Nathan Loewen received a grant to fund a research project and will present his work at the Student Research Symposium on Friday.

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Students who received research grants have been preparing for the annual Student Research Symposium.

In spring 2015, the College of Science and Engineering awarded 26 grants of up to $1500 in order to help fund student research. One of the requirements for the recipients of the grants was to present their work and research at the Student Research Symposium.

This year’s Student Research Symposium is set to have the highest number of participants in its 14-year history. The symposium showcases student research, giving students a chance to present their work to faculty and prospective employers.

Two students who received research grants have been working and preparing to showcase their work at the symposium.

Nathan Loewen, a junior electrical engineering major, said he and his research partner started working at the beginning of the school year.

“The fall semester was a lot of research and conceptual stuff,” Loewen said. “Whereas the spring semester has been all focusing on design and actually getting the parts, putting it together and really testing it.”

Parker Wise, a junior electrical engineering major working with Loewen, said they have used the grant money to purchase materials needed for their project and research.

Loewen and Wise have been working to create a prototype that would allow orthotists and practitioners to measure people’s posture without using pressure sensors.

At the symposium, both students hope that visitors will learn something about their research and be able to see how much work has gone into the project.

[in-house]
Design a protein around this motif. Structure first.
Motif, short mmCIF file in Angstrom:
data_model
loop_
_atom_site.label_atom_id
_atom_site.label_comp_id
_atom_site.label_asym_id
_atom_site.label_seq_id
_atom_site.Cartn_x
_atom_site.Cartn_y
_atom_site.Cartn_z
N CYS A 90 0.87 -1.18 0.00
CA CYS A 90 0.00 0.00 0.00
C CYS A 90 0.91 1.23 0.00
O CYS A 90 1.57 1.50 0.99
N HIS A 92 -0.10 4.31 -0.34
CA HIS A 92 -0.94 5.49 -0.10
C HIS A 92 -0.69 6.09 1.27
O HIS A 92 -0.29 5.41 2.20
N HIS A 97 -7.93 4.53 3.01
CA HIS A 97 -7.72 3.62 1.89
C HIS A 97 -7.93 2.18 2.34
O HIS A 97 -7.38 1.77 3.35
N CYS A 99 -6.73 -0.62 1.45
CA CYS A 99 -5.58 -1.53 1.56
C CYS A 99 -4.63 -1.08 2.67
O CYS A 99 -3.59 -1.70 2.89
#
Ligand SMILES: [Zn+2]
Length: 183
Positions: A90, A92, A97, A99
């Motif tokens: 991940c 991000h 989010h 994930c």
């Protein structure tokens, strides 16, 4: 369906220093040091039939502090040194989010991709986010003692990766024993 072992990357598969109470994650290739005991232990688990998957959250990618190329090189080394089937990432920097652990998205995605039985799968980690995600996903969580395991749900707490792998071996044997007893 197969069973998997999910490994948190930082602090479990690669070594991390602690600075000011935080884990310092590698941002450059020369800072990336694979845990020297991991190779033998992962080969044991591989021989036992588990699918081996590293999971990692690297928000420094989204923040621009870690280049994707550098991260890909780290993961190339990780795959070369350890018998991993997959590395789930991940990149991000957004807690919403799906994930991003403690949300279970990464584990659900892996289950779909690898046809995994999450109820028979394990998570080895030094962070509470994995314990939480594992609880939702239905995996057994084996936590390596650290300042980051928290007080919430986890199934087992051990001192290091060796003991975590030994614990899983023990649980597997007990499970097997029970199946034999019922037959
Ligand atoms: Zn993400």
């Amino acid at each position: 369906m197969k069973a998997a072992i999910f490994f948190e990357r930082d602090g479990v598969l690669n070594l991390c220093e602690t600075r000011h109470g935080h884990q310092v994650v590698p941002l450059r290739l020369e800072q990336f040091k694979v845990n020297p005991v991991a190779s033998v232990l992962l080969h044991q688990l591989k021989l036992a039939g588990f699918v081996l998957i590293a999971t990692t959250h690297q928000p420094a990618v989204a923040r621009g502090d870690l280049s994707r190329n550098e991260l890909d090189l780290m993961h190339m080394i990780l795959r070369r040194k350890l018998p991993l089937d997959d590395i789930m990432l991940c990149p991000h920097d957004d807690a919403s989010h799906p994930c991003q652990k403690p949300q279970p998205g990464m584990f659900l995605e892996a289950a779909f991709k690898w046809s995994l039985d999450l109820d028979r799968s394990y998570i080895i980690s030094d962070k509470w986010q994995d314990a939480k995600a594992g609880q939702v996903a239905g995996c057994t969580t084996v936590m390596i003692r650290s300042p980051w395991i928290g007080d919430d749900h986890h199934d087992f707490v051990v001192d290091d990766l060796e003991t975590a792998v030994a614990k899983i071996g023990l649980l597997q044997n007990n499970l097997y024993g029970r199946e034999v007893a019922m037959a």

“Hopefully, this design that we’ve come up with can be used in the future as something that is applicable to health and orthotics,” Loewen said.

For now, both students hope to leave a work-in-progress that future students can continue to work on.

“My hope is that more students will work on it after we’re gone,” Wise said, “and [that] we can actually have a real and effective product by the end of four, five years that is sophisticated and easy to use and easy to get data back from.”

At the symposium, awards will be given out to students with the best research in various science-based categories.

The symposium will be held in the Tucker building on Friday from noon to 4:40 p.m. An awards ceremony will follow the symposium at 5 p.m. in Sid Richardson lecture hall 1. Connie Guttersten, a TCU nutrition graduate, will be the keynote speaker.

All students are encouraged to come out to view the posters and projects to support their peers, said Becky Bittle, the symposium’s co-chair.

Chris Rios contributed to this report.